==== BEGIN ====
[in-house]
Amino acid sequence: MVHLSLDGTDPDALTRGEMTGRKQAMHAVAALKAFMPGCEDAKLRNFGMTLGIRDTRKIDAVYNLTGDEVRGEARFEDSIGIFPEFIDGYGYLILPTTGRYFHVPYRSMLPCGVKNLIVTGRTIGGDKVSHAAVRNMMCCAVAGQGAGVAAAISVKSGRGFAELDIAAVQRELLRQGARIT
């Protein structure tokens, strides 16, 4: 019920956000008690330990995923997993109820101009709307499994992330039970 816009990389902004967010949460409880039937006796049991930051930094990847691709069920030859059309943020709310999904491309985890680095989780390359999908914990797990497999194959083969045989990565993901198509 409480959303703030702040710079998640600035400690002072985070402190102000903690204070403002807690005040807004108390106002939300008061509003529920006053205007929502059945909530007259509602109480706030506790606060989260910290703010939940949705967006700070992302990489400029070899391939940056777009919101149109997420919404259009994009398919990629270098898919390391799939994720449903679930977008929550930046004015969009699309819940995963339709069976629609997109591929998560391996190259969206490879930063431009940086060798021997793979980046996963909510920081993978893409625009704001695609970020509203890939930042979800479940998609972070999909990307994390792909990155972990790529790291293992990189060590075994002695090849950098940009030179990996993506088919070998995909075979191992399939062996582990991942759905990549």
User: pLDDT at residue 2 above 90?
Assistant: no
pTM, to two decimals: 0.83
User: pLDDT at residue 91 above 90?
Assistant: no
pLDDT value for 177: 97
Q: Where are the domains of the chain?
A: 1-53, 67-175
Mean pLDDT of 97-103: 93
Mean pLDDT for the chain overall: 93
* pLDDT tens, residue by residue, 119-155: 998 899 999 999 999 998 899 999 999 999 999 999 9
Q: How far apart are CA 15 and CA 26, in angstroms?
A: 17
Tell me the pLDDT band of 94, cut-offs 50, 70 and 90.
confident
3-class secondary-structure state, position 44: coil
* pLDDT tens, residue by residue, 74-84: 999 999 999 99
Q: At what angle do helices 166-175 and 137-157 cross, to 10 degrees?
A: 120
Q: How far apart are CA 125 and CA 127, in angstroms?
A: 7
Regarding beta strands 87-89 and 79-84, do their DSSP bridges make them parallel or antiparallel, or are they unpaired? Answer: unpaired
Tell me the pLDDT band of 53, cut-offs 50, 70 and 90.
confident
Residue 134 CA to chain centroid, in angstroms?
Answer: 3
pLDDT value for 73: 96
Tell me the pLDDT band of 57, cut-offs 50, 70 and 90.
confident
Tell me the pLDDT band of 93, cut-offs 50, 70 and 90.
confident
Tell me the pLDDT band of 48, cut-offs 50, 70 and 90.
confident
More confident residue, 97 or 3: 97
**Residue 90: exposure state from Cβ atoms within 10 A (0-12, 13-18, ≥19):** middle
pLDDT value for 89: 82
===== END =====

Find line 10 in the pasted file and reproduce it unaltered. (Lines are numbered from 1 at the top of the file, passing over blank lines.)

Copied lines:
Q: Where are the domains of the chain?